Wednesday, April 13, 2022

It Was Great When it All Began ...


2021 was an extraordinary year for Dark Shadows. Yes, it was also a sad year. We lost some marvelous actors, and the losses have cast the future of Dark Shadows festival into doubt with this author… certainly on the scale we saw in 2016. At the same time, there was a wealth of independent Dark Shadows podcasting and authorship. The Rondo nominations are a testament to our passionate industry. Although the rights holders seemingly kept it quiet in 2021, we did not. And that has spilled into 2022. Why the revival? Is it even a revival? Perhaps it’s more of a testament to the momentum that’s been building for a decade. 

2011-2021 is a ten year span of technological innovation that has put extraordinary tools in the hands of workin’ Joes like us to create quality products that rival the professional offerings we wish we’d had. Podcasting and desktop publishing are the two most notable examples. But there’s more than technology afoot. I’m beginning to suspect that mine is not an isolated case. 

What case? In 2011, Dark Shadows fans got the best news possible: a Tim Burton/Johnny Depp movie that would certainly catapult us from accusations of camp to accolades of genius. Then, 2012 happened to us. April, 2012, to be exact. While the film attracted many brainy and iconoclastic new fans, it charmed few longtime supporters. For all of the angst that caused, I think it was more of a catalyst than curse. I know that I felt like I needed to do something for the franchise to give back a little. At the time, my best idea was a stunt somewhere at the crossroads of Morgan Spurlock, Andy Kaufman and Evel Knievel… I sacrificed 45 days to watch the entire series, 10.5 hours a day, five to six days a week. A decade later, I had one collection of essays out and another on the way. Three fine podcasts serve the internet. And the books just keep coming.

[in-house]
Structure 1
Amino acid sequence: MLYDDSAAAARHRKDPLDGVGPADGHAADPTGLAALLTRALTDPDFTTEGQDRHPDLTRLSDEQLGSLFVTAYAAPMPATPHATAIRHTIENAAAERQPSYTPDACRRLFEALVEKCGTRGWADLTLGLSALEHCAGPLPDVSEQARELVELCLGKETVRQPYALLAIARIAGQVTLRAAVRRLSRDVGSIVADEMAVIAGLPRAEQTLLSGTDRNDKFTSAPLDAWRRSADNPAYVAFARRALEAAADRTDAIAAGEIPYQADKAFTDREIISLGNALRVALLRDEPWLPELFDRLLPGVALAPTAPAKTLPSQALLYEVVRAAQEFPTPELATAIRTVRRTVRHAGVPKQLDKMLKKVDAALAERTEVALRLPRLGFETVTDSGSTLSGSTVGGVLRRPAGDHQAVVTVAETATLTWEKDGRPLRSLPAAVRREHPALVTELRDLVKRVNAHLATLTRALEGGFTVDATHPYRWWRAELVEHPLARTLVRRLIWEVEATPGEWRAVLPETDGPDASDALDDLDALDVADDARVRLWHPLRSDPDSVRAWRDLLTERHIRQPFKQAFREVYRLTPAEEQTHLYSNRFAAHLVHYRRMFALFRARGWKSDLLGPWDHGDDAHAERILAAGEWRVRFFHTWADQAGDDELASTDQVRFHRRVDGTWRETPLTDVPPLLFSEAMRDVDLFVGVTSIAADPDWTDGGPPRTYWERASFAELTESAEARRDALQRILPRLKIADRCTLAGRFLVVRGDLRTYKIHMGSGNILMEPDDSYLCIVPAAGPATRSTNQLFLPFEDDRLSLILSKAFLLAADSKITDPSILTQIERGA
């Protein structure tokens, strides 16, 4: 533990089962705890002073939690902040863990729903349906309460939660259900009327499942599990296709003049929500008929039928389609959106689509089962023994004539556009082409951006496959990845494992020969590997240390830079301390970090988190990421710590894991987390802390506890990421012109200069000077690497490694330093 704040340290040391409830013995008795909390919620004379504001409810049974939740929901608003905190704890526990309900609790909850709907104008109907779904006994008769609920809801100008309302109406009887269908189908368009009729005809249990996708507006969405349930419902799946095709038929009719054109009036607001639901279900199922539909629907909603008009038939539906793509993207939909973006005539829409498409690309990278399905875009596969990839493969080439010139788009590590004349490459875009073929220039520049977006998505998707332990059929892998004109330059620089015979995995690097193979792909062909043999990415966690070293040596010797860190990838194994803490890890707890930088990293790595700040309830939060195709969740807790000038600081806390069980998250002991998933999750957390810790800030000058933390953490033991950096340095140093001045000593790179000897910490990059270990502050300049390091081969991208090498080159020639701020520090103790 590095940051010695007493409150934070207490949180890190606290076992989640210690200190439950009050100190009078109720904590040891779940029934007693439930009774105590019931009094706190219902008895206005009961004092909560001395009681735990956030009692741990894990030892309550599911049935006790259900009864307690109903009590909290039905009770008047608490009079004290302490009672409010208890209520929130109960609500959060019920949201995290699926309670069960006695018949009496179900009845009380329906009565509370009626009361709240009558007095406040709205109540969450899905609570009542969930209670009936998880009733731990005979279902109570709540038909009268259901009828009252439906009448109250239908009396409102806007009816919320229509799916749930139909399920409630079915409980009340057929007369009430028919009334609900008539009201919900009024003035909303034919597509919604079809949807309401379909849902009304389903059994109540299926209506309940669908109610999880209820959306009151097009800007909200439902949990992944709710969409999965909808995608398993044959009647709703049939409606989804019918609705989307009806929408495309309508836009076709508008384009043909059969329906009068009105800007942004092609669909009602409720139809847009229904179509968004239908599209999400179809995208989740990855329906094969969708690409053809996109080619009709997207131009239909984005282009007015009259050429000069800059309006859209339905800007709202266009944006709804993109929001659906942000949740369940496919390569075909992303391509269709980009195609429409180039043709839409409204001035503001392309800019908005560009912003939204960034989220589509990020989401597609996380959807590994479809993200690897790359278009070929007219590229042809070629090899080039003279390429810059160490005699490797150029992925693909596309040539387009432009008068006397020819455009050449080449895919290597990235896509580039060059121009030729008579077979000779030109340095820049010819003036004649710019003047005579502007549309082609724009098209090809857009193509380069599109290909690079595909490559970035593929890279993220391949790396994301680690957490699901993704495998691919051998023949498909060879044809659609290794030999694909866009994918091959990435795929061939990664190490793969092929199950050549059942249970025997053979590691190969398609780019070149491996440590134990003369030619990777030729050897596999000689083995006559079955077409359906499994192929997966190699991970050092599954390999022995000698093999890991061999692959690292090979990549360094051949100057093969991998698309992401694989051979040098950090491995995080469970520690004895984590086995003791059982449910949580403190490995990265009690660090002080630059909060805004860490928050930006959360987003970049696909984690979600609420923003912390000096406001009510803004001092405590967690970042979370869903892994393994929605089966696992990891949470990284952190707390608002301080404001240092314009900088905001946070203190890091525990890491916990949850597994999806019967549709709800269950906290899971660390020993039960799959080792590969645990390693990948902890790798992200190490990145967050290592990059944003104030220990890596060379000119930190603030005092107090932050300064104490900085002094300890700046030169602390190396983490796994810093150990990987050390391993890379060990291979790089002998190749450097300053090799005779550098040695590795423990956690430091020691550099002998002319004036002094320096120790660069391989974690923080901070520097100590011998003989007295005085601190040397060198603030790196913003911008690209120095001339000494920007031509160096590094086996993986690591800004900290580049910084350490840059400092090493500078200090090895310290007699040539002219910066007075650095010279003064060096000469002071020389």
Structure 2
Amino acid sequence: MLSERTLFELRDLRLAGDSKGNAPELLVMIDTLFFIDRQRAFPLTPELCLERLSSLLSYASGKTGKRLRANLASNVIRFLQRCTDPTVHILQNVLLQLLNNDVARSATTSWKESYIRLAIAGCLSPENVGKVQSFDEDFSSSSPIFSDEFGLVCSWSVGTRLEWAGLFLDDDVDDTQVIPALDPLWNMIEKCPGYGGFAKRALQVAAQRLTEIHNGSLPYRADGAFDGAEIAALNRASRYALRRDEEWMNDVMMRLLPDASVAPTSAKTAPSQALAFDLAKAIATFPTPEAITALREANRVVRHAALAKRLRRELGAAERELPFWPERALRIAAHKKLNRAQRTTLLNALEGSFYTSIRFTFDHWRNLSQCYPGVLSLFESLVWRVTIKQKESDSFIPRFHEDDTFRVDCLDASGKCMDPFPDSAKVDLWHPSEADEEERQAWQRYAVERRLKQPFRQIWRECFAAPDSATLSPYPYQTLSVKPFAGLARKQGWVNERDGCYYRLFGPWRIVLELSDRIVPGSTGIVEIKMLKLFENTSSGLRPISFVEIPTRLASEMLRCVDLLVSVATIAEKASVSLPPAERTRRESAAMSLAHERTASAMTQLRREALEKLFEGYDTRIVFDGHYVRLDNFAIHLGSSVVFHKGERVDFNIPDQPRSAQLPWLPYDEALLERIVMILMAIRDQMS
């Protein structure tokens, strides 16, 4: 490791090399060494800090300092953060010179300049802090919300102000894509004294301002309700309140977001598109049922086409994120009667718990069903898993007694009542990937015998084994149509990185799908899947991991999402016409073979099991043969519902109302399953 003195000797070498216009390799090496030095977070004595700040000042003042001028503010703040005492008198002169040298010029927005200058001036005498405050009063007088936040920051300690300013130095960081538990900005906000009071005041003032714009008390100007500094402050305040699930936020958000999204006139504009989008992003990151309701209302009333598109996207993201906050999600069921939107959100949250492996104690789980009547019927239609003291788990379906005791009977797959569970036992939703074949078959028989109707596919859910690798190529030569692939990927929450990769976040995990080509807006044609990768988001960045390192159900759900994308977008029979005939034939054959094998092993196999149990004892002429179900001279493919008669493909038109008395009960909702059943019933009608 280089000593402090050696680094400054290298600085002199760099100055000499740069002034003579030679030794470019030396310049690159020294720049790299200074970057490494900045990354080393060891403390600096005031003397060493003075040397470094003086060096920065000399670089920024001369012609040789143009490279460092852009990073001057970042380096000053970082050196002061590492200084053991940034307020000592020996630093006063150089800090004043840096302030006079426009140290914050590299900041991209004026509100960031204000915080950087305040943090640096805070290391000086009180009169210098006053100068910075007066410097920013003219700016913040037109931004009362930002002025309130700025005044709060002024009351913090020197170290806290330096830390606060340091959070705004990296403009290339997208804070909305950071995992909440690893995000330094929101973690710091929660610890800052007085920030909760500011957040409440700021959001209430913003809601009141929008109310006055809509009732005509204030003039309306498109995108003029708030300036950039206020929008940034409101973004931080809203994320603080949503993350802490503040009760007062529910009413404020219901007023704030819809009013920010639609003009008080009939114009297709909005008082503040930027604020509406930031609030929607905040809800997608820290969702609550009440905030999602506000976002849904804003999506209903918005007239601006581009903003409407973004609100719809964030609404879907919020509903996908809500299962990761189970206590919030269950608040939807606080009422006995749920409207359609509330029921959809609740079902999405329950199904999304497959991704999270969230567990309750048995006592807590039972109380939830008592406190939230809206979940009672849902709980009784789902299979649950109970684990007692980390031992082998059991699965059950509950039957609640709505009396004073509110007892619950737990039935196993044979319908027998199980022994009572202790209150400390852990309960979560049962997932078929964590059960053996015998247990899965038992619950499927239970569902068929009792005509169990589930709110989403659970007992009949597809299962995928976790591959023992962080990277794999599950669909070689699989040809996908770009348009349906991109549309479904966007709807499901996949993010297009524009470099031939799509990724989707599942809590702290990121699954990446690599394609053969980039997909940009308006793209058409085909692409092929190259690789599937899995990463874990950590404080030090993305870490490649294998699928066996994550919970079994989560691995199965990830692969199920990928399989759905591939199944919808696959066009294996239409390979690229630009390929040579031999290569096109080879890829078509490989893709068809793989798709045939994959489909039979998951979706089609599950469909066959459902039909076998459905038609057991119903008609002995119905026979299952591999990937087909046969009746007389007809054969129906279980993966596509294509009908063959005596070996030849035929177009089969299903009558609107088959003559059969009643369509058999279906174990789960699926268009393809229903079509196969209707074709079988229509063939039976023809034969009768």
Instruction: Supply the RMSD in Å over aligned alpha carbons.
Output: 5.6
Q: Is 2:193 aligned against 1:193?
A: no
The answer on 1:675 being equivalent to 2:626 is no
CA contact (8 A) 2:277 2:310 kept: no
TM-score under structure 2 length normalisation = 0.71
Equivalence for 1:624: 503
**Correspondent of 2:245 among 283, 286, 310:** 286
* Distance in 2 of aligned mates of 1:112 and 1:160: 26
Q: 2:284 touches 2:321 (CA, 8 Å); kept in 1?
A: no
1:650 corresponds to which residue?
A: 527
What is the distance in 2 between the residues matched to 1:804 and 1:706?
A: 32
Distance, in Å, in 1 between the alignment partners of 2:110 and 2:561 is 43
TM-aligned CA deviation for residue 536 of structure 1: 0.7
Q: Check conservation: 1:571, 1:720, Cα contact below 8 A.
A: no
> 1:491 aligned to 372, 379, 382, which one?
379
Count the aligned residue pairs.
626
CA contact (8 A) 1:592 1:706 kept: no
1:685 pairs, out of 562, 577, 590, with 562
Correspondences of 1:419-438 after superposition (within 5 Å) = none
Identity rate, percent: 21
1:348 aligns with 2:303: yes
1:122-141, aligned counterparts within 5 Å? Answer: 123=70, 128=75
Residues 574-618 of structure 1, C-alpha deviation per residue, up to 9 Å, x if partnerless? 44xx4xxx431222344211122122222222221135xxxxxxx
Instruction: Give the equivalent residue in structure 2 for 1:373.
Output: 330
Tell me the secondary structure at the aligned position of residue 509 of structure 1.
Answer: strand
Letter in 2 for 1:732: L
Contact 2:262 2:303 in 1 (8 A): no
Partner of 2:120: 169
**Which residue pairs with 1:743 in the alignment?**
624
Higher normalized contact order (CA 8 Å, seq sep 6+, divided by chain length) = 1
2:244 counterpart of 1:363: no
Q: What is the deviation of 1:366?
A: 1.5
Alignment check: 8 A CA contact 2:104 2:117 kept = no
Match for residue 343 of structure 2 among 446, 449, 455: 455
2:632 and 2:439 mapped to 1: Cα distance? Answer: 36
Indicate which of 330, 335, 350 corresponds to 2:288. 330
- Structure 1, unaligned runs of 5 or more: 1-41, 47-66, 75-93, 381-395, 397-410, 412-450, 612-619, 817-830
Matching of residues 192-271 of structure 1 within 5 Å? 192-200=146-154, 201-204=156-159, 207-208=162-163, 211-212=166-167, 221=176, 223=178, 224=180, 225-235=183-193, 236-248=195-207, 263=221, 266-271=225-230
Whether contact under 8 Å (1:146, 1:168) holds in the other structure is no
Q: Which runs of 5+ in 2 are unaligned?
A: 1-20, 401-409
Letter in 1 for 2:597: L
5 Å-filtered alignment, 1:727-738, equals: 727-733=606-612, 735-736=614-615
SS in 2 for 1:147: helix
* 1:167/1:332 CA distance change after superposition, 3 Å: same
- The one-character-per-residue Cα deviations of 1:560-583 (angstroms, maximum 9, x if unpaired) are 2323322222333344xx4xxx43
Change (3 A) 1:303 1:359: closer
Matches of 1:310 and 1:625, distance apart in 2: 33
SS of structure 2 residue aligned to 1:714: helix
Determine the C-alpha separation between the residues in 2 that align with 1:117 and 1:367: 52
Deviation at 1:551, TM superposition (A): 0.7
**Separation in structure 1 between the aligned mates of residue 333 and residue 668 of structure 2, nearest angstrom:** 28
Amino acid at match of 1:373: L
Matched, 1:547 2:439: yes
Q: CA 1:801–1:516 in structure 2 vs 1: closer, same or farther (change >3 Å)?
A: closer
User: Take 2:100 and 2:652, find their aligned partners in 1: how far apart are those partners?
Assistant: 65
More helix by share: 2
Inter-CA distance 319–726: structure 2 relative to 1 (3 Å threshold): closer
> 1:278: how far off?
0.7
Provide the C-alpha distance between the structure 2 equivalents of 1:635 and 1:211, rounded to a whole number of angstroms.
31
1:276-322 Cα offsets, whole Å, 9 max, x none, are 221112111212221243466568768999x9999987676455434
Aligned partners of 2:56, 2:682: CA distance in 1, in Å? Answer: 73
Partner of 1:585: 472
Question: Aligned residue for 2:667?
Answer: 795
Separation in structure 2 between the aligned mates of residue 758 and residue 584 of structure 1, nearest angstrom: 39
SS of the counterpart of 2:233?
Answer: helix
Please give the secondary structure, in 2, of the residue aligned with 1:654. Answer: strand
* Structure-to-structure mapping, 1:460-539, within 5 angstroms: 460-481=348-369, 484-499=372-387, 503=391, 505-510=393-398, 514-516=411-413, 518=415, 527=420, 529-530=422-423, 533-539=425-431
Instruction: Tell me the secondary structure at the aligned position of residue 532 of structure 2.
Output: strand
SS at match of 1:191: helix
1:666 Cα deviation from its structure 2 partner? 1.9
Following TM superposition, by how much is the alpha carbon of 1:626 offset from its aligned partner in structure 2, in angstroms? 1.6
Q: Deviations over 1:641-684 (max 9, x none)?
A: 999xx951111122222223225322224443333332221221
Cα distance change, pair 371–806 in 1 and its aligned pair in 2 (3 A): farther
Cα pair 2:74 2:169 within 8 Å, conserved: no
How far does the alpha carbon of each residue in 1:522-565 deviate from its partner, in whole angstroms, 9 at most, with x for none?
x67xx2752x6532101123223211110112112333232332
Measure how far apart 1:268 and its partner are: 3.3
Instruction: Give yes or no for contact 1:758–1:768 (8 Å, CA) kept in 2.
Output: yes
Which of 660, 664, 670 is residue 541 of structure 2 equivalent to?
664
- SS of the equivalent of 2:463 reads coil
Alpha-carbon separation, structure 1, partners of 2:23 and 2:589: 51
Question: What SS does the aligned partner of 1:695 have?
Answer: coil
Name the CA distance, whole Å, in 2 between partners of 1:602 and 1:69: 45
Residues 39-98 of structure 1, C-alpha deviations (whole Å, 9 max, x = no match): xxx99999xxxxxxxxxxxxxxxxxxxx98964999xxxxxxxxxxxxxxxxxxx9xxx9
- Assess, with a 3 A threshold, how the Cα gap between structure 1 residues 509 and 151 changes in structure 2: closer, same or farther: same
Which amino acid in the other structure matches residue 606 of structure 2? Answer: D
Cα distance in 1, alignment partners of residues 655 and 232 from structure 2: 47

If 2011-2021 was a decade of an uncomfortable detente between the original fans of the series and the Burtonians, the tenth anniversary of the Burton film (and Mr. Frid’s death) is what may be the final word on the subject from the first generation of fans, Jim Beard’s collection of various memoirs, Running Home to Shadows. It’s a title that needs little elaboration. Ask almost anyone who was born somewhen at the intersection of Eisenhower and Kennedy and you’ll hear the familiar nostalgia-cry of “I ran home from school every day to watch Dark Shadows….”

This narrative dominated the experience of growing up with Dark Shadows, and it finally has a definitive voice to give it shape in this book. For those of us born after that period, there’s been a subtle caste-system in DS fandom… maybe out of necessity. Our work (at least prior to the Sci Fi Channel and the internet) has not been one of discovery but archaeology. The suspense was non-existent. Correction, the suspense was in whether or not we would actually see the series. Did the final episodes exist? How could we see them? Would MPI really finish? Once DVD and streaming settled that argument, the more honest question became, “Who would actually finish watching it all, now that it’s available?”

It is to the show’s credit that so many did and still do… despite lacking a unifying ritual. But that ritual -- running home from school to see and share the new episodes -- created a bonding momentum that got us here today. No other program has that cultural legend behind it… or the decades of mainstream horror that have resulted. As such, Beard delivers a vital history and voices that have yet to go silent.

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